Whether in a hearty soup, a warm cup of tea or a cut of meat, spices not only add flavor to your food and drinks, but they also have ample health benefits. If you suffer from digestive issues, for instance, cinnamon can soothe your stomach. Struggling with insomnia? Nutmeg can help with that.
Here’s a rundown of spices that can make you healthier from head to toe….
What can’t turmeric do? This spice, popular in Indian cuisine, can improve health in just about every way possible. Turmeric contains the powerful antioxidant curcumin, which has been shown to protect the body against cancer and may even increase lifespan. Turmeric can also prevent plaque buildup in arteries, calm an upset stomach and fight Alzheimer’s.
Like turmeric, cinnamon may also ease your tummy troubles and protect against Alzheimer’s. In addition, it can help regulate blood sugar levels and menstrual cycles. Get a dose of both turmeric and cinnamon by adding ¼ to ½ teaspoon to your smoothie, food or tea.
Nutmeg is a popular spice during the holidays and a natural sleep aid. It may also help with anxiety, stomach ailments, and joint pain. Just be careful not to consume too much of it, as an overdose can cause nausea and even hallucinations. Nutmeg pairs well with seasonal favorites such as butternut squash for a hint of sweetness.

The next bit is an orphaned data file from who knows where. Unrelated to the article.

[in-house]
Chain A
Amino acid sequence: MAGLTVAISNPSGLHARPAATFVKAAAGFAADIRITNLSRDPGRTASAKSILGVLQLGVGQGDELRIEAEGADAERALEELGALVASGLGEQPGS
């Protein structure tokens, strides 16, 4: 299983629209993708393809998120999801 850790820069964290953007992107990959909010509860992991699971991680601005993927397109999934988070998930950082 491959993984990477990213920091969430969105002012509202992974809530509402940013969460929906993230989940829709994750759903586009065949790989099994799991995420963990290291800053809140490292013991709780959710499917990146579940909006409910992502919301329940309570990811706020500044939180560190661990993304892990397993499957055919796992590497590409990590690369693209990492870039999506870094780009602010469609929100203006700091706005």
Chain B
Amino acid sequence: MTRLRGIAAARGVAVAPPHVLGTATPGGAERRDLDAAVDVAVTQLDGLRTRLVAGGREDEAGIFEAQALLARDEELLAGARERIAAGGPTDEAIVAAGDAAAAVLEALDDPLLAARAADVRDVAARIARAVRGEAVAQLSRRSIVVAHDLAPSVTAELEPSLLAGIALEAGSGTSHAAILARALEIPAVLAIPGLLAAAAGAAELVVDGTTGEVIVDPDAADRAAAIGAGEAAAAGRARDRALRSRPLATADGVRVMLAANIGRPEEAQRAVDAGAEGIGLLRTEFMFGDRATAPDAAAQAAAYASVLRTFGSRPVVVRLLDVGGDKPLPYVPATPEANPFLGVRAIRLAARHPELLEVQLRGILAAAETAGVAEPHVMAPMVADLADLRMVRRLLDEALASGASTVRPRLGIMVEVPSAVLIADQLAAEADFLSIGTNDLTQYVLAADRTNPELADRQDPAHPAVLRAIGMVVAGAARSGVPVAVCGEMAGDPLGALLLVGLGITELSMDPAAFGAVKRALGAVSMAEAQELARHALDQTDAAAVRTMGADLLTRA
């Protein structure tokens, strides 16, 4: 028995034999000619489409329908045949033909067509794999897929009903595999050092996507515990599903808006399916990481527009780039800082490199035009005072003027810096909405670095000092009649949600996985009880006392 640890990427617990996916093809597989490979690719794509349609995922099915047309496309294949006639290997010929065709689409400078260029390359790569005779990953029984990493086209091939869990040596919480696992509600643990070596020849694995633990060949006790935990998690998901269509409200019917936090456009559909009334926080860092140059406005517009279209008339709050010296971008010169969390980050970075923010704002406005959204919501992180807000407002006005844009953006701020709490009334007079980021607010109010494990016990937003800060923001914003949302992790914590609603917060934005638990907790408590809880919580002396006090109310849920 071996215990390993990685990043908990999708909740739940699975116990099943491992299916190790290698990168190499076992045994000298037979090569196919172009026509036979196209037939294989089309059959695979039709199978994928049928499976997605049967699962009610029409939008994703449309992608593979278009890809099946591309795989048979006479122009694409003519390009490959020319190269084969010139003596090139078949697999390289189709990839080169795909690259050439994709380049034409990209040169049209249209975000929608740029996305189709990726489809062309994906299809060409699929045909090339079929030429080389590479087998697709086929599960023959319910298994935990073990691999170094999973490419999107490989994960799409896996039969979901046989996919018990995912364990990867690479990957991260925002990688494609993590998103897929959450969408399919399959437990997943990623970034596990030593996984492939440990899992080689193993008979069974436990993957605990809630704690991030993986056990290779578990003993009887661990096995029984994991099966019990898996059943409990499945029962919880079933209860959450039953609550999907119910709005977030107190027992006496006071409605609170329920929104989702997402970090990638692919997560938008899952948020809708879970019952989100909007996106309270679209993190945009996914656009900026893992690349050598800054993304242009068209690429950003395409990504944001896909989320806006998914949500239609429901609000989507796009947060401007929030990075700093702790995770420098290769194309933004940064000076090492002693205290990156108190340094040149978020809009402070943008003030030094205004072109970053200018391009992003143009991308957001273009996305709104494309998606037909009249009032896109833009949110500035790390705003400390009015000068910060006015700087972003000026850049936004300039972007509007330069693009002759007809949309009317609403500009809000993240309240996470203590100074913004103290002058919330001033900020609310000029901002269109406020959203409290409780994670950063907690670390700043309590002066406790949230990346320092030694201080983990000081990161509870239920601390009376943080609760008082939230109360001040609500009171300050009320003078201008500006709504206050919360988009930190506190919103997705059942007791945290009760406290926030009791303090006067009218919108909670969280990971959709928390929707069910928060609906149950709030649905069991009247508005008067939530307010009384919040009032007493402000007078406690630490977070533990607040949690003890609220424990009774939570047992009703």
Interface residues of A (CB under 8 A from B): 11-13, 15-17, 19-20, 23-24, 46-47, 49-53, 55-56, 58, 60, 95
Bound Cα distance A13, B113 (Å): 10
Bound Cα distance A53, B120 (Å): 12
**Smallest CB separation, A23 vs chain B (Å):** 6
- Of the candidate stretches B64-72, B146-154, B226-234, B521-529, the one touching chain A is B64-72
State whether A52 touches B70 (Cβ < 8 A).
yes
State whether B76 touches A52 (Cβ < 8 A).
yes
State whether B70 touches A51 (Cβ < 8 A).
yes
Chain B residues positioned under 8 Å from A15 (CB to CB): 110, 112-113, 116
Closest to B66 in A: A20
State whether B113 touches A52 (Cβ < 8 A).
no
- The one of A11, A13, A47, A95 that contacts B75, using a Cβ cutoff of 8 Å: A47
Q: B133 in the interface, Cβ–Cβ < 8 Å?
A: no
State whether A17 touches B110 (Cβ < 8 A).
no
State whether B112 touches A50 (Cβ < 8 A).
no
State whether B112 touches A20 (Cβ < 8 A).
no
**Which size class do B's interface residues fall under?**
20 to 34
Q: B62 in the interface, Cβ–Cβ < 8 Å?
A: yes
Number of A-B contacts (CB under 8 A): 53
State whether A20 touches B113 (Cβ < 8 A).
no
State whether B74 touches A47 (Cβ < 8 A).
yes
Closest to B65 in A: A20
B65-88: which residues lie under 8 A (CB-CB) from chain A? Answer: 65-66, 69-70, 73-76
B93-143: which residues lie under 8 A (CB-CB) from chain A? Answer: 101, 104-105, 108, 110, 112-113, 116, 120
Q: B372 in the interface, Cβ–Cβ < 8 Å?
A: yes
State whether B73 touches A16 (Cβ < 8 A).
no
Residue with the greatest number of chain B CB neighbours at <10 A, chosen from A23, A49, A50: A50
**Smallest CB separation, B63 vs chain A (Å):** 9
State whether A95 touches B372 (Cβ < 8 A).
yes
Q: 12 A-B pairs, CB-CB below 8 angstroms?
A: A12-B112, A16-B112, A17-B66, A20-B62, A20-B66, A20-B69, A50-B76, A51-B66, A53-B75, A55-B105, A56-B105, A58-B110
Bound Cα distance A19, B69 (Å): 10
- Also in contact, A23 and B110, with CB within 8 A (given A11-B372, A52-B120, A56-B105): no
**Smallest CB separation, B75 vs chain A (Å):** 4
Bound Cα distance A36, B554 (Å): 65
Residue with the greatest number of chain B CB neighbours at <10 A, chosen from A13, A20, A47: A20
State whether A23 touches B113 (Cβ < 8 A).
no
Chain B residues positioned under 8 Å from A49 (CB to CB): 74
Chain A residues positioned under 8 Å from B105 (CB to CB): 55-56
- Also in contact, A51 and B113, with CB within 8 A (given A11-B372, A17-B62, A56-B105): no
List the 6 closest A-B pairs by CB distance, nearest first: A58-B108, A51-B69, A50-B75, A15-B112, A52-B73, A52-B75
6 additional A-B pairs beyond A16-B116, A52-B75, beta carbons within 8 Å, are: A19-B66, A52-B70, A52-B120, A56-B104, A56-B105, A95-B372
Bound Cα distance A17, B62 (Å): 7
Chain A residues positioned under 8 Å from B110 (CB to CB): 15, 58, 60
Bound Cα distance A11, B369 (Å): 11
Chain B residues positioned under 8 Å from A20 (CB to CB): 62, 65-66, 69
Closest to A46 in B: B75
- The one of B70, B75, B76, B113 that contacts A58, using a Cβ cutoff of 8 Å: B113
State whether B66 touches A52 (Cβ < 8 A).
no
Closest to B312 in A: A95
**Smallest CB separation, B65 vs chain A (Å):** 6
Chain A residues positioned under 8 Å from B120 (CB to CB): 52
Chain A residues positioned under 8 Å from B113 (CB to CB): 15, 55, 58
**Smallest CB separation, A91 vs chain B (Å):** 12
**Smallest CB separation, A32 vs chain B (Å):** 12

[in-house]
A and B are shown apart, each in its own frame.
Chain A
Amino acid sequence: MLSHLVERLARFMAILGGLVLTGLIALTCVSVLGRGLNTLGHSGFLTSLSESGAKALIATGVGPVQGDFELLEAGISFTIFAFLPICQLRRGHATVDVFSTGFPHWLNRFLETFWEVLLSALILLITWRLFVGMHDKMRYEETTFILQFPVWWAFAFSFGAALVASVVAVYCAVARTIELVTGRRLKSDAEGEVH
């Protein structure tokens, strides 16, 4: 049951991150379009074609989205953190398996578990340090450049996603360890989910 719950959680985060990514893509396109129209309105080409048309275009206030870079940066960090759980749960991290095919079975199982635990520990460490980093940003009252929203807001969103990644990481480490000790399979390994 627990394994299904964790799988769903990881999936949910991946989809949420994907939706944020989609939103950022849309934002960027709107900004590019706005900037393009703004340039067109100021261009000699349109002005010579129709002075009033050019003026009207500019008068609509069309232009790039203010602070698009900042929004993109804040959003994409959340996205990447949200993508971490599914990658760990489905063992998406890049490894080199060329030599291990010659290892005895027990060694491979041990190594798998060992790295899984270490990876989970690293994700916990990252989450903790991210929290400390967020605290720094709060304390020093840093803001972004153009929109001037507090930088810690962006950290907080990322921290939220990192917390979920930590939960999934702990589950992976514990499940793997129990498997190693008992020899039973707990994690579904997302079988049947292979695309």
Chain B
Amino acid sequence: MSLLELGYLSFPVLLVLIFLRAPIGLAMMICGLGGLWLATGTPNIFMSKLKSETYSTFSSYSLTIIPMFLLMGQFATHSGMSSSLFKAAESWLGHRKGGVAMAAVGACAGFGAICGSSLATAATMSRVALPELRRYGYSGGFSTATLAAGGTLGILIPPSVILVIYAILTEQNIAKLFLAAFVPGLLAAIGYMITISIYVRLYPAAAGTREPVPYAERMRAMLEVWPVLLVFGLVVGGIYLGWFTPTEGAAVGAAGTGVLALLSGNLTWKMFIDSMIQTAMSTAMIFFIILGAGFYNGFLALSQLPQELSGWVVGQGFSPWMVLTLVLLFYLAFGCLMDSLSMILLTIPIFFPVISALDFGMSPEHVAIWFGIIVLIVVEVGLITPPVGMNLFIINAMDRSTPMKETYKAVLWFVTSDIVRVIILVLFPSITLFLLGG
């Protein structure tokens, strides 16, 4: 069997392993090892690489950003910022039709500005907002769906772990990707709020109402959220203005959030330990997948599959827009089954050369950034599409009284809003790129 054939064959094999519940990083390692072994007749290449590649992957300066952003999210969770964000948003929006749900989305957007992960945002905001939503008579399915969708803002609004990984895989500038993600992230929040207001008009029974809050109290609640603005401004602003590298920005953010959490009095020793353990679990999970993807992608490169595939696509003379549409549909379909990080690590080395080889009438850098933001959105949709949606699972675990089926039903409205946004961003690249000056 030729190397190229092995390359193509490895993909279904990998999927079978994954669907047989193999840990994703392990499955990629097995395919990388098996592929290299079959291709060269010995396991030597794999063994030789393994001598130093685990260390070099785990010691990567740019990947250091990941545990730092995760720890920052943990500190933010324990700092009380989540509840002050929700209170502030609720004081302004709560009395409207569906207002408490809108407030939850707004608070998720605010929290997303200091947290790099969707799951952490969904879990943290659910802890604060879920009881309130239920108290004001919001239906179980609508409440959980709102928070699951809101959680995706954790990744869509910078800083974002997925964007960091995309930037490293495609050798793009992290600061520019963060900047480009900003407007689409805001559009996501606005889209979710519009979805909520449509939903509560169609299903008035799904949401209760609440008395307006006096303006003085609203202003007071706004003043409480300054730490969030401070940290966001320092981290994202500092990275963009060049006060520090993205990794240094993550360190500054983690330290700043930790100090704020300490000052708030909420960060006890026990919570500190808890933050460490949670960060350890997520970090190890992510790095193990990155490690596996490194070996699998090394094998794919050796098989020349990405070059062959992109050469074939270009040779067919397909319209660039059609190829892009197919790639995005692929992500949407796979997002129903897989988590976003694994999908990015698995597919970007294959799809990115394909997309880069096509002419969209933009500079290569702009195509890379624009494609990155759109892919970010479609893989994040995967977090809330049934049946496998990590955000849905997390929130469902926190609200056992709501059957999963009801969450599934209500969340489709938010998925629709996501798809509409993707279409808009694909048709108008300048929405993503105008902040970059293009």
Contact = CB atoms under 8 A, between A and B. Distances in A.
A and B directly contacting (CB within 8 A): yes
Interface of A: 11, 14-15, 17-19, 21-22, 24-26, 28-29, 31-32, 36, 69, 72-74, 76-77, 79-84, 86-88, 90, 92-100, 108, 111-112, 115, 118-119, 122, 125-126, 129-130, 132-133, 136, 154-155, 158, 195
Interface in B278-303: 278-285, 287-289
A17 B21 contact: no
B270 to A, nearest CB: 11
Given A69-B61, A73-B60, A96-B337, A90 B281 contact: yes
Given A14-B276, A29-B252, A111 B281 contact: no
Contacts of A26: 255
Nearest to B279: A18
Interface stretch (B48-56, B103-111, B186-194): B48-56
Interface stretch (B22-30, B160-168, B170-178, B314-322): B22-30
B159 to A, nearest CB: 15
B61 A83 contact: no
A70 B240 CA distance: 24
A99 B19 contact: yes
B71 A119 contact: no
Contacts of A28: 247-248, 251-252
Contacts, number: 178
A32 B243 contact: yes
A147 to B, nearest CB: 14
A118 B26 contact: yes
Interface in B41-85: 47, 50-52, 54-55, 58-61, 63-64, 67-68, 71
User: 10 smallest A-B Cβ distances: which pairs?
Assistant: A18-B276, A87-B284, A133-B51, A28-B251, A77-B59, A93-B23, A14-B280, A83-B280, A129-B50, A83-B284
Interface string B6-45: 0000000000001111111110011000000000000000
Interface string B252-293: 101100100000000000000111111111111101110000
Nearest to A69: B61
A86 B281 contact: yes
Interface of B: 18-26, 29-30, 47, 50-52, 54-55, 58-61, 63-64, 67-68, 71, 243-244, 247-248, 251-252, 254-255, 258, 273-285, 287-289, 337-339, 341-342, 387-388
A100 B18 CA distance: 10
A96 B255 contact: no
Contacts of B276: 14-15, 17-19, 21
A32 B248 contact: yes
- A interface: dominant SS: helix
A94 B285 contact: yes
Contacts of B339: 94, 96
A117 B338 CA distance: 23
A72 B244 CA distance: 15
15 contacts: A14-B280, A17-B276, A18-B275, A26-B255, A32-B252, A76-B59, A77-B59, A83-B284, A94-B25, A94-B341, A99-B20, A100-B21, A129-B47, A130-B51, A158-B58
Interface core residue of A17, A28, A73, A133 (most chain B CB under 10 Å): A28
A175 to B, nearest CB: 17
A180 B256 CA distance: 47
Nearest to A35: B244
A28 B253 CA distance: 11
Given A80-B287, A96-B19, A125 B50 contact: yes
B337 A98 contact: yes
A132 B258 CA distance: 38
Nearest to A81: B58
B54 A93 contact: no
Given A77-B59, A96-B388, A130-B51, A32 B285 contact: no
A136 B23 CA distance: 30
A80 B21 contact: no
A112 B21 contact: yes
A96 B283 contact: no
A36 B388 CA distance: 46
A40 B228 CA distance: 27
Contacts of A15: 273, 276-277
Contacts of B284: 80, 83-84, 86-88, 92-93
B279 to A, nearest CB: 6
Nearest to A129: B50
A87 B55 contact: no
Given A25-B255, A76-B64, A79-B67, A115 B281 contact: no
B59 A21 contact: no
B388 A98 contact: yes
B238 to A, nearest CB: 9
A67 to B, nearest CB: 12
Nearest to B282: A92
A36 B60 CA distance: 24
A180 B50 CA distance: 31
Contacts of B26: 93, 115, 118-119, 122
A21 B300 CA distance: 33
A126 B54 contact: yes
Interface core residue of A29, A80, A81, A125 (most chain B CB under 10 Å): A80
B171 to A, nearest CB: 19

The warming effect of ginger is perfect for those cold winter days. Ginger has also been shown to reduce cholesterol, and decrease the risk of heart disease and diabetes. It’s also a popular nausea reliever. In fact, ginger may be better than vitamin B6 at treating an upset stomach.
Oregano, popular in Mediterranean foods, may reduce the risk of colon cancer. It’s also rich in vitamin K, antioxidants and may have healing powers when you’re feeling sick. Oregano oil, in particular, has been touted in studies as a remedy for fighting some viral and bacterial infections. You can add dried oregano to your salads and meats, like this chicken dish from Epicurious that combines lemon, garlic, and oregano.
Coriander seed is packed with antioxidants and can relax digestive muscles to treat stomach problems. Like oregano, coriander may also have antimicrobial properties. Cook up a spice-filled side dish like these crispy coriander potatoes from Food Network, which also feature fennel seeds, turmeric, and thyme.
What’s your favorite spice-filled recipe? Share it in the comments!
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